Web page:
A closed-cavity façade is a variation on the twin-wall façade, but with a completely closed chamber between the inner and outer skins. Due to its double-skin configuration, this special façade construction provides excellent sound reduction. This can be achieved without the use of special sound reduction glass, which isn’t the case for other façade constructions. Cooling loads and operating costs can be reduced by means of the protected sun shading that is integrated into the cavity. This internal sun shading and the space between the façade skins is completely closed off to dirt from both the outside and inside, and therefore does not require cleaning. In addition, the closed-cavity façade features excellent energy efficiency, which is also thanks to the closed space between the façade skins. The closed cavity façade of the ToHa Tower is therefore the response to the challenges posed by an Israeli major city, where the buildings are constantly subjected to heat, noise pollution and fine sand dust particles.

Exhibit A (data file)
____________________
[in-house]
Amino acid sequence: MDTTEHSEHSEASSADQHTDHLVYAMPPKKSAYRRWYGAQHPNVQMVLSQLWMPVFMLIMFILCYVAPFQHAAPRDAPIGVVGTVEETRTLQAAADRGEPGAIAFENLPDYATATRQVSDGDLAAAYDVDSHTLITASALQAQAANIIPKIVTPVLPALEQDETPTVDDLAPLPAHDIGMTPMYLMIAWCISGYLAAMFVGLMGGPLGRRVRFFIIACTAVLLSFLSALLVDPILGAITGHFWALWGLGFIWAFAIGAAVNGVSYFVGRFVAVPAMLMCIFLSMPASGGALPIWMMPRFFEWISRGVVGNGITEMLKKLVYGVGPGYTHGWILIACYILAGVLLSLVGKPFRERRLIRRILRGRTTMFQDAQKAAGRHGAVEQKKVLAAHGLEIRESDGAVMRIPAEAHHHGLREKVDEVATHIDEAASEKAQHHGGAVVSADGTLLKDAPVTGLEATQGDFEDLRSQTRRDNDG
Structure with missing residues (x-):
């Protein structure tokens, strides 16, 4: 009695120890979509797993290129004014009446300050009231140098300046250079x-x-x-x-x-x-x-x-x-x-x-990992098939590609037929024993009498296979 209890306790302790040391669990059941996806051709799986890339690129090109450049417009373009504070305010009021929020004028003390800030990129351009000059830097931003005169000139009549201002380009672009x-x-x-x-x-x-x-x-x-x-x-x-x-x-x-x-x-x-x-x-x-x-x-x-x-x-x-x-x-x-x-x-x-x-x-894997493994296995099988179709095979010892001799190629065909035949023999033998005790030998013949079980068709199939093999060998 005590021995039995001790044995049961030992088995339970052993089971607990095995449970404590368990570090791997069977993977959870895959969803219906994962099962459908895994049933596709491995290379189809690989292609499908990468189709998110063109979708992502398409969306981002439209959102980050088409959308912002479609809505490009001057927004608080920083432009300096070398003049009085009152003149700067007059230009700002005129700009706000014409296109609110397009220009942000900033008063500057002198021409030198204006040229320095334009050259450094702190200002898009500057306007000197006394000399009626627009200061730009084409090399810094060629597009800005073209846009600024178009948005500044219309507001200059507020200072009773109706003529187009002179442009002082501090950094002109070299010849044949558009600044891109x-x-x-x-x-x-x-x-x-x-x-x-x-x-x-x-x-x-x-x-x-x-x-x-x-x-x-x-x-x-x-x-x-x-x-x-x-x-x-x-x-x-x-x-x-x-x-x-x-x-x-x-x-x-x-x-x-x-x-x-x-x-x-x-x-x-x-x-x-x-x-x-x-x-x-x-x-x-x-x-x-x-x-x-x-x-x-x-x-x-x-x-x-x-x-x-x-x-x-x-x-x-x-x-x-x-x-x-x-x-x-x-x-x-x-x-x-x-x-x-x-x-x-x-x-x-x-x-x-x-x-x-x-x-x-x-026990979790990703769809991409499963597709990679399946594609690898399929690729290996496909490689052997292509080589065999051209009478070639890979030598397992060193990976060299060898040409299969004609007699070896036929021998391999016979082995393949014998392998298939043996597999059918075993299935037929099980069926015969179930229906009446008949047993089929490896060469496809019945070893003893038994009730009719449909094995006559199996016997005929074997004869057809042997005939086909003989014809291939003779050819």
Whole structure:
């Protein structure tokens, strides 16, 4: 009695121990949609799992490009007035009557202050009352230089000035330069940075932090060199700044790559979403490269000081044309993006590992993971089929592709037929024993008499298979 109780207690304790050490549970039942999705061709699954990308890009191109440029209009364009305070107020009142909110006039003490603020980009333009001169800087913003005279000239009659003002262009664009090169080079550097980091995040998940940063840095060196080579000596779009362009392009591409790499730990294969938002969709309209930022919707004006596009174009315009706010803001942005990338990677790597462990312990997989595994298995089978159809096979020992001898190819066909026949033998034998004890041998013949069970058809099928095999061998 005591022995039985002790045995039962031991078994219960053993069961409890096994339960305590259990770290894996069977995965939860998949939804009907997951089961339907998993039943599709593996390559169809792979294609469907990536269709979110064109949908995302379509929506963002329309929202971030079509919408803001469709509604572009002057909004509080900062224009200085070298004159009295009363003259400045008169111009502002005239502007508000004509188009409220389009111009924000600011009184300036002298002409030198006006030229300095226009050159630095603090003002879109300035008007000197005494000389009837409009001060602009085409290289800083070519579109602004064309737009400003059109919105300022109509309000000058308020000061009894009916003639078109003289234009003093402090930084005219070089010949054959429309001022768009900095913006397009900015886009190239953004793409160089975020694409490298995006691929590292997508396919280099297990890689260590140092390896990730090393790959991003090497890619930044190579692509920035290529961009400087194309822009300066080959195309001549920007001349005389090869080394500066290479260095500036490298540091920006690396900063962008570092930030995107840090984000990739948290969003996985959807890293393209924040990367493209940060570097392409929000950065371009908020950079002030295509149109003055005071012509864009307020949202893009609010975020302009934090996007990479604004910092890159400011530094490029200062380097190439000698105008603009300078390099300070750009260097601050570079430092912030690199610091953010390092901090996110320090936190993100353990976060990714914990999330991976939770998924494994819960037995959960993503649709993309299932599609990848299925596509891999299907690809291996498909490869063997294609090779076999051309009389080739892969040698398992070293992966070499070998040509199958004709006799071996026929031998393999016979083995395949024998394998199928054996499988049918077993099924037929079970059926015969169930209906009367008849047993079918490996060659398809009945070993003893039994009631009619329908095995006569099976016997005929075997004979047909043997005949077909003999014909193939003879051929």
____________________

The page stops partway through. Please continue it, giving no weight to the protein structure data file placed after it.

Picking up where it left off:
To ensure the closed cavity of the façade would be able to withstand the changing temperatures in Israel and no condensation would develop, comprehensive structural calculations were initially carried out by the metal fabricator and then by an external German engineering practice, which was coordinated by the Schüco office in Tel Aviv. Factors such as the prevailing climate conditions, solar radiation and the building orientation, were all included in the calculation. Taking these calculations as a basis and using sensors installed in the cavity to constantly monitor the relative humidity and the temperature, clean, conditioned air is fed into the individual closed cavities via a centrally controlled ring circuit system as required. Every façade front and storey is monitored and controlled separately. Excess air can be guided out through a pressure-relief valve in the outer frame. This permanently ensures that the relative humidity, the temperature and the pressure in the cavity remain within the calculated limit values so that no condensation can form.
Furthermore, numerous tests had to be carried out at the ift Rosenheim (German Institute for Window Technology) to prove that the closed-cavity façade was suitable for the climate conditions in Israel.